They, you said, would fly in terror, Britons and their bayonets shunning;
But the loudest of the boasters proved the foremost in the running.
Then round Prospect Hill they hurried, where we followed and assailed them;
They had stout and tireless muscles, or their limbs had surely failed them.
Stood abashed the bitter Tories, as the women loudly wondered -
That a crowd of scurvy rebels chase to hold eleven hundred,
Chased to hold eleven hundred, grenadiers both light and heavy,
Leading Percy of the Border, on a chase surpassing Chevy.
Into Boston marched their forces, musket-barrels brightly gleaming,
Colors flying, sabres flashing, drums were beating, fifes were screaming.
Not a word about their journey; from the General to the drummer,
Did you ask about their doings, than a statue each was dumber;
But the wounded in their litters, lying pallid, weak and gory,
With a language clear and certain, told the sanguinary story.
'Twas a dark and bloody lesson; it was bloody work to teach it;
But when sits on high Oppression, soaring fire alone can reach it.
Though but raw and rude Provincials, we were freemen, and contending
For the rights our fathers gave us, and a country worth defending;
And when foul invaders threaten wrong to hearthstone and to altar,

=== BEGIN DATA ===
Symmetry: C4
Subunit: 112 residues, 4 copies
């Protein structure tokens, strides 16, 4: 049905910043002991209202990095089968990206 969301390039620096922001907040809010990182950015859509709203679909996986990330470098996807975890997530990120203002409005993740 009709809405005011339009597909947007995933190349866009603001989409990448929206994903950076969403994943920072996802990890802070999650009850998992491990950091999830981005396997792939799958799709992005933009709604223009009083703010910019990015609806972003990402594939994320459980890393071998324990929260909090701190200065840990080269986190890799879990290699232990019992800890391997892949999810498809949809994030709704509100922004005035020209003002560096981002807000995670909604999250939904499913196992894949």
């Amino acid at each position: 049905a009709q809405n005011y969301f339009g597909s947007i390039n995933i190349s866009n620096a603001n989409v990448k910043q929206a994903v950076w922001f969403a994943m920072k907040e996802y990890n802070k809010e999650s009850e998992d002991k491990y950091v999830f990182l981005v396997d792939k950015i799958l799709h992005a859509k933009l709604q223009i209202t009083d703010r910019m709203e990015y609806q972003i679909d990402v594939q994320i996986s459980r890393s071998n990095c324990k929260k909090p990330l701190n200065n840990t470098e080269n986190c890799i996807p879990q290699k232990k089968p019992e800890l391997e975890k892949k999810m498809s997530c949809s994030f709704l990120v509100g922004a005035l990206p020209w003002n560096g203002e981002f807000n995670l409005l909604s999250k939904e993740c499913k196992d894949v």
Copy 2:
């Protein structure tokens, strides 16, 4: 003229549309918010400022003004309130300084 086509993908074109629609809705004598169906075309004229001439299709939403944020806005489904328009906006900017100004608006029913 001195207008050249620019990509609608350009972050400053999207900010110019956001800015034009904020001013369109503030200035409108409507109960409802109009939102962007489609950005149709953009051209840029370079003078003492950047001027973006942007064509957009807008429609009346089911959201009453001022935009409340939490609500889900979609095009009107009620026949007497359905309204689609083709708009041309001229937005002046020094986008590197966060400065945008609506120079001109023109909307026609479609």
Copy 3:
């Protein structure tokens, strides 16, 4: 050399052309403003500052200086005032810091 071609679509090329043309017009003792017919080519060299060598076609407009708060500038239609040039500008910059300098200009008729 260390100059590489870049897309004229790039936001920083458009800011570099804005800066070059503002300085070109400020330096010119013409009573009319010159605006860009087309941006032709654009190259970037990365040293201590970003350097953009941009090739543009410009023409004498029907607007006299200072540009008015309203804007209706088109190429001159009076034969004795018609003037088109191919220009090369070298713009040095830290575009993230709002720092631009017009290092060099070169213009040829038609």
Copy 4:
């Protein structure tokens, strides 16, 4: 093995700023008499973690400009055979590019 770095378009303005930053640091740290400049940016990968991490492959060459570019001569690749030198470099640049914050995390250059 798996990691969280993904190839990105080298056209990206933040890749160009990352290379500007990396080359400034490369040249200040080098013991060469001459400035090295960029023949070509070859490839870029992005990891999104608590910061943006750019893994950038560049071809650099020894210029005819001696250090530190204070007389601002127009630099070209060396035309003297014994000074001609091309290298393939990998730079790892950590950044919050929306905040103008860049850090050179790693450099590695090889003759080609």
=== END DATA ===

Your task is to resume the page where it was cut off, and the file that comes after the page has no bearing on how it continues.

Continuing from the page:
Shame were on the freeman's manhood should he either fail or falter.
On the day the fight that followed, neighbor met and talked with neighbor;
First the few who fell they buried, then returned to daily labor.
Glowed the fire within the forges, ran the plowshare down the furrow,
Clicked the bobbin-loaded shuttle - both our fight and toil was thorough;
If we labored in the battle, or the shop or forge or fallow,
Still there came an honest purpose, casting round our deeds a halo.
Though they strove again, these minions of Germaine and North and Gower,
They could never make the weakest of our band before them cower;
Neither England's bribes or soldiers, force of arms nor titles splendid,
Could deprive of what our fathers left as rights to be defended;
And the flame from Concord spreading, kindled kindred conflagrations
Till the Colonies United took their place among the nations.
Transcribed by Janice Farnsworth